On the other hand, we don't pay for water filtration because, until very recently, we haven't needed to pay for it. Month after month, year after year, the root structures of trees and plants have been providing this service to us free of charge. We didn't pay, but the service continued.
Generally, we don't pay for things that can be had for free. And since no one is paying for ecosystem services, businesses haven't thought to invest in providing them.
To make matters worse, we have no problem valuing ecosystem goods like timber or gold or oil or food, so we tend to invest in extracting ecosystem goods even when it means destroying ecosystem services. This system of valuing nature leads to economic decisions favoring the consumption of ecosystem goods over the conservation of ecosystem services.
Once you really understand the problem, it is fairly easy to see where the solution lies – market forces must be realigned to invest in the production of both goods and services. If the global economy can be tweaked so that market forces reward investments in ecosystem services, a positive feedback loop will start in which increased investments in ecosystem services leads to increased production of ecosystem goods, eventually fueling both sustainable economic growth and ecological restoration.
While this solution seems fairly simple, it represents one of the biggest scientific, economic, and social challenges of our time.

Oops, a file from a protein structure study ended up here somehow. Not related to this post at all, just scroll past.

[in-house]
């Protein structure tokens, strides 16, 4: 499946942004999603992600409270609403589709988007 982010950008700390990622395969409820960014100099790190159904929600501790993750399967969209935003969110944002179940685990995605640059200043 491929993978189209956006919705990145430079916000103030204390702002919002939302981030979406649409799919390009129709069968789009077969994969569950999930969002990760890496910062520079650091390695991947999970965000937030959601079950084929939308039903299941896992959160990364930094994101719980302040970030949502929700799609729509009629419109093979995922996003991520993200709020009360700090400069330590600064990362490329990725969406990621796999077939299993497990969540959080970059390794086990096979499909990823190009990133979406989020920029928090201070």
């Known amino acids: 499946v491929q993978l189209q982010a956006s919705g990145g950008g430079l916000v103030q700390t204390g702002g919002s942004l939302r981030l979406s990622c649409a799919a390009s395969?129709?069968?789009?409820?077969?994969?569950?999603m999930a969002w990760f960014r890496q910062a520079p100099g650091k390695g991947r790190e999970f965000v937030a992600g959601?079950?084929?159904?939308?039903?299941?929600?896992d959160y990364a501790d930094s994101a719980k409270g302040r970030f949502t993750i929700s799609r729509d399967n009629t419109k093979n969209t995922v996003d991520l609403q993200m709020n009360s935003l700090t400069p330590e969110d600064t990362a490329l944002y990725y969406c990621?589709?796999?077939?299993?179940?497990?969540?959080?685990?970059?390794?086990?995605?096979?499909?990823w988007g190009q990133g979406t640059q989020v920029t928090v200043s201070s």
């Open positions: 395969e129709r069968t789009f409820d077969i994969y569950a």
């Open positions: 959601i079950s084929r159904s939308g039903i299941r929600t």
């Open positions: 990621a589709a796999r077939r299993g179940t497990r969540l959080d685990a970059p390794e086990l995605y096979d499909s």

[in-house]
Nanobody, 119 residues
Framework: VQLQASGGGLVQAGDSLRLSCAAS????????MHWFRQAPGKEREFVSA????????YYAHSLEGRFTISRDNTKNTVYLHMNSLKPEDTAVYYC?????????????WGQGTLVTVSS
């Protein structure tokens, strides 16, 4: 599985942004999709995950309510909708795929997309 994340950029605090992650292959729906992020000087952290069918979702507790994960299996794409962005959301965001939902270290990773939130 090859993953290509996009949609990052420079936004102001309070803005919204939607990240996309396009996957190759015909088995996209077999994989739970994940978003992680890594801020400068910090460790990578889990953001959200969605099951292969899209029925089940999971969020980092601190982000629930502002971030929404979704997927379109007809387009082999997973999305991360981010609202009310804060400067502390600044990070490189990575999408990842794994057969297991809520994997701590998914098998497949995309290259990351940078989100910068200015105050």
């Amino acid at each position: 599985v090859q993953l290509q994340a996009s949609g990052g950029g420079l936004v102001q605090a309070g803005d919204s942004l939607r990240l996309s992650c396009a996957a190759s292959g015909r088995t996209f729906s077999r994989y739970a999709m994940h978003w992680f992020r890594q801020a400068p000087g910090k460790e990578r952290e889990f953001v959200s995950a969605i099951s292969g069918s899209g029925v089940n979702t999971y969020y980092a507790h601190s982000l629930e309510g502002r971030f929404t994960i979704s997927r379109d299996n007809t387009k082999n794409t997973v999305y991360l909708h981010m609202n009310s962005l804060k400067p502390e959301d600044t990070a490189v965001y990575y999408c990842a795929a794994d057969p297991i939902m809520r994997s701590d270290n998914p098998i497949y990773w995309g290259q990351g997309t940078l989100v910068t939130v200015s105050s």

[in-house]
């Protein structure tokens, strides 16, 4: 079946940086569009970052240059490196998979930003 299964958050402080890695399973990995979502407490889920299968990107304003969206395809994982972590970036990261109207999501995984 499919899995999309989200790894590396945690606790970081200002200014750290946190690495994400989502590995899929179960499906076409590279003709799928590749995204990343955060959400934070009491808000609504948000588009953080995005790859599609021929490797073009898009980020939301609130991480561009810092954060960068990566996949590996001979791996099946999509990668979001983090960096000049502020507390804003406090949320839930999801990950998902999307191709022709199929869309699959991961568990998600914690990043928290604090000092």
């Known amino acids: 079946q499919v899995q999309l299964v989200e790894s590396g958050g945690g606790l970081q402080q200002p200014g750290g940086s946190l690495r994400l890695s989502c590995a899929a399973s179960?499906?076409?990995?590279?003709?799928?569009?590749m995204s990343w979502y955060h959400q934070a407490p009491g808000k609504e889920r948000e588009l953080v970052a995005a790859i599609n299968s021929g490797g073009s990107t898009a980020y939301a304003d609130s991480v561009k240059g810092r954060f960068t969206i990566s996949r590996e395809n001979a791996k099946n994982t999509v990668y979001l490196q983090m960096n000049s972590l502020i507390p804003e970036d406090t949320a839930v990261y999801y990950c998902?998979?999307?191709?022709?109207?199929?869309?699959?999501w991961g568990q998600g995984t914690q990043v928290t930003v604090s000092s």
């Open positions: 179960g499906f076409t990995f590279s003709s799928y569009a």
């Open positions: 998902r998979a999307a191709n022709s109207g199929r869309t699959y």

Can we tweak the global economy so that it provides for sustainable resource consumption and the perpetual conservation of ecosystem services?
A global band of pioneers made up of scientists, economists, lawyers, policymakers, community leaders, businessmen, and individual consumers is currently trying to ensure that the response to this question is – yes.
Which ecosystem services does the Ecosystem Marketplace cover?
The Ecosystem Marketplace was created to tell the ongoing story of ecosystem service pioneers and, importantly, to provide them (and you) with the information services needed to build a revolutionary new economy that will pay for, and invest in, ecosystem services.
In particular, we cover payment programs for three kinds of ecosystem services:
Climate stabilization (carbon sequestration in trees, plants, and marine ecosystems);
Hydrological regulation (water quality, groundwater recharge, flood control);
Biological diversity benefits (scenic beauty, ecosystem resilience, pollination, pest control, disease control, etc).
We have tagged the different areas of our MarketWatch coverage simply as: carbon; water and biodiversity.
The text being discussed is available at